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Not Brentford

Brentford Theatres and New Electric Cinema

A cluster of queries and information relating to theatres and an old cinema in Brentford arrived within a few months of each other during 2011. It is fortunate when this happens as looking into one area often uncovers relevant bits of information about another and also several heads are better than one.

Starting point

The story started at the Brentford Local History day in June 2011 when Diane Lockie mentioned her great great grandma owned the cinema in Brentford Market Place in the early 1900s: she thought it was unusual for a woman to run such a business at the time.

In August 2011 Christopher Browne wrote about a small factory, 'E A & W H Browne Western Pattern Works', opposite the White Horse public house, Market Place, a business started by his grandfather, Samuel Houghton Browne sometime between the wars. "He converted an old silent movie cinema by levelling the floor and installing machinery for Engineer Pattern making."

"The works office was housed in the projector room and instruction to the workers below were relayed via the flap where the projector used to poke out."

Christopher thought the the pattern works probably operated to around 1974. It was known to be operating in 1939: they made parts/patterns for Hurricanes and Spitfires.


New Theatre, Brentford

A few days after Christopher's email, Brent Fernandez wrote about the New Theatre, Brentford, as part of his research into theatres for Matthew Lloyd (see Matthew's British Theatre website

Brent had access to playbills referring to the New Theatre, Brentford in January and February 1821 but no details of where the theatre was situated. ( Brent also has links to the Zoffany family - but that is a separate story).

Brent later sent an extract from 'The Daily News', 15 December 1884 about a Sotheby auction which includes references to Edmund Kean, actor (wikipedia has more details):

... unique set of 304 playbills of Edmund Kean, including one of his mother Nance Carey, at Scowton and Morrell's show at Brentford, May 1800; one, undated, in which he is styled Master Carey, and plays at" Richardson's new theatre, Market-place, Brentford, during the fair"...

Was this an early Brentford theatre building later used as a cinema, and then a factory?

Peter King, seeing Christoper Browne's query, forwarded details of his research into the Brentford Electric Cinema in September and then in October Janet McNamara forwarded an extract from 'Bell's Weekly Messenger' Sunday September 18 1831:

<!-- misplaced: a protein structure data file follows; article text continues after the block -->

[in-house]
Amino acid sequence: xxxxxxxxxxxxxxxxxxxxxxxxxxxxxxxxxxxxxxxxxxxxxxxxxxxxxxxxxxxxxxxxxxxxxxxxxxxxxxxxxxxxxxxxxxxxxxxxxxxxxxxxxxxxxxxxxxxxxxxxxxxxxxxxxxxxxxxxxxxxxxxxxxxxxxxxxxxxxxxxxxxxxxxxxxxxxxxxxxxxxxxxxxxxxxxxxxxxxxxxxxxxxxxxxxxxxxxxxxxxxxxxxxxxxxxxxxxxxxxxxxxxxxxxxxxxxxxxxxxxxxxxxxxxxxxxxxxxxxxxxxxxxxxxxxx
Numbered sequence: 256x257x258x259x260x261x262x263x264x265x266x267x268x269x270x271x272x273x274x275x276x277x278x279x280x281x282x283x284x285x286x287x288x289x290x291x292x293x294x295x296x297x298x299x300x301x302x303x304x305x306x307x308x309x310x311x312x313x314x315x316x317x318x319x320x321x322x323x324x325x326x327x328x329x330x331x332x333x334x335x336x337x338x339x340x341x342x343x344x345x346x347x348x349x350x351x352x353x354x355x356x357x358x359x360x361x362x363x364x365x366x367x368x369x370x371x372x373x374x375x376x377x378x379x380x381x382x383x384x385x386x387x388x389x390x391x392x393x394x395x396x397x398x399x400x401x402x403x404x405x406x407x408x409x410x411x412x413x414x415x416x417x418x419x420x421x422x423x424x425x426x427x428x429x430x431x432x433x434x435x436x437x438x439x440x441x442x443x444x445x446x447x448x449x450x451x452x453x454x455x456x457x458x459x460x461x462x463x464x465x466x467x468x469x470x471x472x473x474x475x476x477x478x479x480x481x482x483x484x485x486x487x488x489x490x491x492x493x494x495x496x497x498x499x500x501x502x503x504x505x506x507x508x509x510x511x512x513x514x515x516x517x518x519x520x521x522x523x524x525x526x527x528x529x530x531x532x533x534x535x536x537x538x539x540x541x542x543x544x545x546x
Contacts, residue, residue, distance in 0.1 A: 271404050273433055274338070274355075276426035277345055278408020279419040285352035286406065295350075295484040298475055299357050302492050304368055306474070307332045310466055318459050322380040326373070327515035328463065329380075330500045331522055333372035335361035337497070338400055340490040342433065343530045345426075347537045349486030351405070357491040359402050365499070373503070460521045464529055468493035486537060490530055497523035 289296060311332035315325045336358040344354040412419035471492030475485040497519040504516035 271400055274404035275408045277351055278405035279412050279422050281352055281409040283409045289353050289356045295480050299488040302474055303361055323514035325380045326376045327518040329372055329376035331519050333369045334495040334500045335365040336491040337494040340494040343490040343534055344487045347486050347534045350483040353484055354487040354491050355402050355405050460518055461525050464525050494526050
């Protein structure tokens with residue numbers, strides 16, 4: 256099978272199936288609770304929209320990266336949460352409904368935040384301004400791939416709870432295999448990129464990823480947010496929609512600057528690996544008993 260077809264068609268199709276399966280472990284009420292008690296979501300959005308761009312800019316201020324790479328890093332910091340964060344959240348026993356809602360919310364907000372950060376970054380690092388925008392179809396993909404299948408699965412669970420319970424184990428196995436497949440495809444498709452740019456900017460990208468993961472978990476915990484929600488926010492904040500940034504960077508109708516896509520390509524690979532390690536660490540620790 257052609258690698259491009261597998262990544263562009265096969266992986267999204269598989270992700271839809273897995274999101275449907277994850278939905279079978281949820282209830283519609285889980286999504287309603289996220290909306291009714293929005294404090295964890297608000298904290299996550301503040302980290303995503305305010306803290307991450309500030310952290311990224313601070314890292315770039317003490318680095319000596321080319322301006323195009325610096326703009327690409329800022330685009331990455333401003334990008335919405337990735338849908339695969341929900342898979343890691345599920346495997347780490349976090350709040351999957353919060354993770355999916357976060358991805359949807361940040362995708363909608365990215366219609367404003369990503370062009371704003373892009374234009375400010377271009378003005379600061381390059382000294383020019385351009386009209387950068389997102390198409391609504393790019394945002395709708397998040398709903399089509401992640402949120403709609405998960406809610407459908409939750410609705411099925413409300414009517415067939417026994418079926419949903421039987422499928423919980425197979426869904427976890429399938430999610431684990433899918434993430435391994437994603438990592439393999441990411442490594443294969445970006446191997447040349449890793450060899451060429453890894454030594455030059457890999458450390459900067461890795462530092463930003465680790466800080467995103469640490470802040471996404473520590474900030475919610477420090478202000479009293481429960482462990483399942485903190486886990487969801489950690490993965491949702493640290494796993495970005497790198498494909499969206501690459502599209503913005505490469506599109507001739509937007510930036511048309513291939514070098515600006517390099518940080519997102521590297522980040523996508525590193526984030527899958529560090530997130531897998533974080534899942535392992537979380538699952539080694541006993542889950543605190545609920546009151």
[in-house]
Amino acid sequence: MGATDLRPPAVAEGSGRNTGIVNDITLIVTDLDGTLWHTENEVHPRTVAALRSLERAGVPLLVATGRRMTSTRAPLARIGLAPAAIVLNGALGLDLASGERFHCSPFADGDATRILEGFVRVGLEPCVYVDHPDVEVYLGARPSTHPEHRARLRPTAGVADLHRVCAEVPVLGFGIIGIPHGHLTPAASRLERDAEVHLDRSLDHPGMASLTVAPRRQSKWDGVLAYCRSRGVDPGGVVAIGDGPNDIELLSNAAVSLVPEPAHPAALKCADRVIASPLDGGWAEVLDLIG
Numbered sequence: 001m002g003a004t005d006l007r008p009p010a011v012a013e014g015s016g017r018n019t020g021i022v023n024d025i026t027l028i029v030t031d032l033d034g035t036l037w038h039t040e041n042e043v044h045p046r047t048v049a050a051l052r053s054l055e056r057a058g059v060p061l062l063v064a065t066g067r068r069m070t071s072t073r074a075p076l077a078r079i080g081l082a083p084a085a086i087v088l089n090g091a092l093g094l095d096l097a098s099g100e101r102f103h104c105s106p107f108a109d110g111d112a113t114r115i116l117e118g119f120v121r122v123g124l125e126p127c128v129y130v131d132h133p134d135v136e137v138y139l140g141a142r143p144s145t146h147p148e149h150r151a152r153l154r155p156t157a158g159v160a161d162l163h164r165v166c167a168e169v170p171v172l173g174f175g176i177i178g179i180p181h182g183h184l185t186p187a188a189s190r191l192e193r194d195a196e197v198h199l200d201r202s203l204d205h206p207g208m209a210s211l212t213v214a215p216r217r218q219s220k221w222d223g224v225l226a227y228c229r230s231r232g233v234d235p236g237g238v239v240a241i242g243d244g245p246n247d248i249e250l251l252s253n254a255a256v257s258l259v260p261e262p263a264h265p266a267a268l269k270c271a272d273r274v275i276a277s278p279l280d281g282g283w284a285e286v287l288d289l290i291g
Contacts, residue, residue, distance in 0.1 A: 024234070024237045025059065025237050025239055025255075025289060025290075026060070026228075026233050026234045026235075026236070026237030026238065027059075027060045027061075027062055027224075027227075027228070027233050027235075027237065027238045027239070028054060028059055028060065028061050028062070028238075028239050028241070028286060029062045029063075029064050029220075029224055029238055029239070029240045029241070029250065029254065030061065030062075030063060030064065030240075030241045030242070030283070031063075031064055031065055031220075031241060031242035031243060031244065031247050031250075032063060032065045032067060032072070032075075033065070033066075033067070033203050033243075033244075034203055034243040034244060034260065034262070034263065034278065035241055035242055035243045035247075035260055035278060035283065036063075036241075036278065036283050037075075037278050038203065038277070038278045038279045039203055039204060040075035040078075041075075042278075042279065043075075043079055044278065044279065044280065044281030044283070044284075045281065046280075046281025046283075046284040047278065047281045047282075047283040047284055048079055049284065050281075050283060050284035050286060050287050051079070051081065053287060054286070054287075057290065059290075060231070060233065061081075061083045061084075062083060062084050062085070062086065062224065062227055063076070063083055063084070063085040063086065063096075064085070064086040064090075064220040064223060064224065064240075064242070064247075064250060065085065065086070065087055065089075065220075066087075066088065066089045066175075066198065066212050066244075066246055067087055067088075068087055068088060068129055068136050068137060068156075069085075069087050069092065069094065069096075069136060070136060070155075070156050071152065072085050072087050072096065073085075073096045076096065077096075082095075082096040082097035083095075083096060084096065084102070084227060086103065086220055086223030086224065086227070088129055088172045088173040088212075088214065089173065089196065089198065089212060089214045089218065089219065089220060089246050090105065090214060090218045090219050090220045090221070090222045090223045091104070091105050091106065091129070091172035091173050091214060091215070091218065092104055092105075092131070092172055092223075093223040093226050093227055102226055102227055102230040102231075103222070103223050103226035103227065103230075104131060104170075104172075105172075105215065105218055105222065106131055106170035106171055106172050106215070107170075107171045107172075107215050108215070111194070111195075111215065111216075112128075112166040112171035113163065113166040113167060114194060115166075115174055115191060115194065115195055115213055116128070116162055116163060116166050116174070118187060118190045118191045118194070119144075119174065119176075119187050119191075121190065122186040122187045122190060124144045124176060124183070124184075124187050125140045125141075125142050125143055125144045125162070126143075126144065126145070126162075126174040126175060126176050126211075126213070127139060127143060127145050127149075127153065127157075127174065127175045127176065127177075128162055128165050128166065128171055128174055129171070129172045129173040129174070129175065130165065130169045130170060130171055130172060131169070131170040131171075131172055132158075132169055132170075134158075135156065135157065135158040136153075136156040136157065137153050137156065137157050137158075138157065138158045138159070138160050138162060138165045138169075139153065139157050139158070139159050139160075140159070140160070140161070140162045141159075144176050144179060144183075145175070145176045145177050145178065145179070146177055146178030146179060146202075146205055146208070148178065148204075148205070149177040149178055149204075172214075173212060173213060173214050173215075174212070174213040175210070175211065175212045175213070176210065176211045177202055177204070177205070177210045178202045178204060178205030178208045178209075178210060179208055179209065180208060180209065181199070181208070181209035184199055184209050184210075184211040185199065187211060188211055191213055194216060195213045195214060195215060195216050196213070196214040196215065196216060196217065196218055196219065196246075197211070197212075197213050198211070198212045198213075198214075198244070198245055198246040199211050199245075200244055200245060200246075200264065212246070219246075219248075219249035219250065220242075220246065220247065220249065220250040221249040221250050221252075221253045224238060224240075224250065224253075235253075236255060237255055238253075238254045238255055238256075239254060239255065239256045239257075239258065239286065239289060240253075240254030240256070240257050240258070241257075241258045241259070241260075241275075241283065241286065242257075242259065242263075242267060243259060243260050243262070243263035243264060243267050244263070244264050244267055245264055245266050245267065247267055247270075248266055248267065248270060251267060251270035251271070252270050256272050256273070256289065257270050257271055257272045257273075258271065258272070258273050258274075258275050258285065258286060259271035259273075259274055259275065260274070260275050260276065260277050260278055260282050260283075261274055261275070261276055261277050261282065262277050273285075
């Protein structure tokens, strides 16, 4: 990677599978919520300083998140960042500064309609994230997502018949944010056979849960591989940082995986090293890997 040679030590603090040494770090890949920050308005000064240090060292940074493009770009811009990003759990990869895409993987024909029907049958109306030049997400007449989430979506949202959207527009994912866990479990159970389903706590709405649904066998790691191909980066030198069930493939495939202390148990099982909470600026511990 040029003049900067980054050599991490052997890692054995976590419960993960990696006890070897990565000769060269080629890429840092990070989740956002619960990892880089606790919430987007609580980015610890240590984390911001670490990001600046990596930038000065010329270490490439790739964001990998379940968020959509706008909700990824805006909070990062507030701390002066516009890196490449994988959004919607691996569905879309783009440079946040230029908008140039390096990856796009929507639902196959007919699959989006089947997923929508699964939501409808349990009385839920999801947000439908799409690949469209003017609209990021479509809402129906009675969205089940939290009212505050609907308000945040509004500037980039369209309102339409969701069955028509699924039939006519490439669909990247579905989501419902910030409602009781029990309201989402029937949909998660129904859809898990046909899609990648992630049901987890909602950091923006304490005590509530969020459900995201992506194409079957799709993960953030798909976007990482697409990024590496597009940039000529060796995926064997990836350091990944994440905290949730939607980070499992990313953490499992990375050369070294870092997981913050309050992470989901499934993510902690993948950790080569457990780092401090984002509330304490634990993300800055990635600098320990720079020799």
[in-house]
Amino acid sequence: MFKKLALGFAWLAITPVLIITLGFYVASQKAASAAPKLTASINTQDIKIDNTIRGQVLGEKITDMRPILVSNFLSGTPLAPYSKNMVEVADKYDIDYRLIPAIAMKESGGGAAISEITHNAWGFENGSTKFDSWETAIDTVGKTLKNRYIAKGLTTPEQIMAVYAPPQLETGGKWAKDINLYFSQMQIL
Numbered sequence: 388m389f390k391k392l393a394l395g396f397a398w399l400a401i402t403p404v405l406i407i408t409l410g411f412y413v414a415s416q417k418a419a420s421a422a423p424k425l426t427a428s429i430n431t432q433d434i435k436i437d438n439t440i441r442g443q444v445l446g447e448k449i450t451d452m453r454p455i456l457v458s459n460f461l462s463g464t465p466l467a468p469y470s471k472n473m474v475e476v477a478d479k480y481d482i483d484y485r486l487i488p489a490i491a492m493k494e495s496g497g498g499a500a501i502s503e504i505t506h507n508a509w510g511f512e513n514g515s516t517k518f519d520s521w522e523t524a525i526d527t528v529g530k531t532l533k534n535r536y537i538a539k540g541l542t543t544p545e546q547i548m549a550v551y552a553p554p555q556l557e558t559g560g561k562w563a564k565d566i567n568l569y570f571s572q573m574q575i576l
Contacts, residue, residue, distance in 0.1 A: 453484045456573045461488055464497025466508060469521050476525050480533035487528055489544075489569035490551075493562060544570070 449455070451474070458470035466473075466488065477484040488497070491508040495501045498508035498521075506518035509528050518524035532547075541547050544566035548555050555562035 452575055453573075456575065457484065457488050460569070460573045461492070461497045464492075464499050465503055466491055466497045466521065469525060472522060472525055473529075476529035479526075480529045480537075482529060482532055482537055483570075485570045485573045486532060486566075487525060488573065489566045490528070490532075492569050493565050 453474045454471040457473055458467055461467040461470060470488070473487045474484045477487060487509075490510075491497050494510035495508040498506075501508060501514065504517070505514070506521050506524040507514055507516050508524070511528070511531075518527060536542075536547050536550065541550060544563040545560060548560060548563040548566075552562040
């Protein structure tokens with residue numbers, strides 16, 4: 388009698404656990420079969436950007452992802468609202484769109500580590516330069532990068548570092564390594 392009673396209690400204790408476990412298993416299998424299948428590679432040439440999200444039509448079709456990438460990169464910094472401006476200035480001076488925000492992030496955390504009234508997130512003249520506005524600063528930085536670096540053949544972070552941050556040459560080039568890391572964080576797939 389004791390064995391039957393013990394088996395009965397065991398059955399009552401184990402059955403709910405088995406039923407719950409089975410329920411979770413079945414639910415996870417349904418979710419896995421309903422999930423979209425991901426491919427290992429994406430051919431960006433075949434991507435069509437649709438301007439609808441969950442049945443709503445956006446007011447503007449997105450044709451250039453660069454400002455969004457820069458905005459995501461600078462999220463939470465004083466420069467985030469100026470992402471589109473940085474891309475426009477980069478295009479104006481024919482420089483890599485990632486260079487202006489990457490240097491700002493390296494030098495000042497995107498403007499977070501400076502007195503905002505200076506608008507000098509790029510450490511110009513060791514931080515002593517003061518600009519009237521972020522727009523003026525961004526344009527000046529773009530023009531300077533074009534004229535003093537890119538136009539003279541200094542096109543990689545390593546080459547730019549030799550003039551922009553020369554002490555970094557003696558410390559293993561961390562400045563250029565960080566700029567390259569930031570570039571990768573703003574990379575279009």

At Brentford-fair on Monday evening, the whole of the gallery of Scowton's pavilion, containing 200 or 300 persons, principally women, through the props giving way fell; several of the women were carried out sverely injured.

Peter King added: Following on from recent info have just found the following which appears in "Leisure in the Industrial revolution c 1780-1880 by Hugh Cunningham

The growth of Leisure " The process of decline however was halted and from the late eighteenth century until the 1830s Richardson and other showmen infused new life into St Bartholomews and other fairs with elaborate spectacles in melodrama and pantomime. Richardson together with Gyngell and SCOWTON travelled what might be called the Southern circuit starting with the London fairs. The route can be traced precisely from a sale notice for Richardsons theatre in 1826 and it is worth quoting to indicate the range of places which would have the opportunity to see drama in the great PORTABLE THEATRE"

It goes on to list numerous towns etc including in the following order ..."Ealing Green, Fairlop, BRENTFORD, Staines, Chertsey.

Peter adds "I think this would have taken place as part of the fair in the Butts area".

So this early Brentford theatre was not in a permanent building. The first known theatre building in Brentford was in Walnut Tree Road, 'The Brentford Theatre', established by Thomas Beach in 1886. See 'Brentford Past' by Gillian Clegg for details of this and later theatres and cinemas in Brentford and Janet McNamara's piece about Brentford Market and fairs.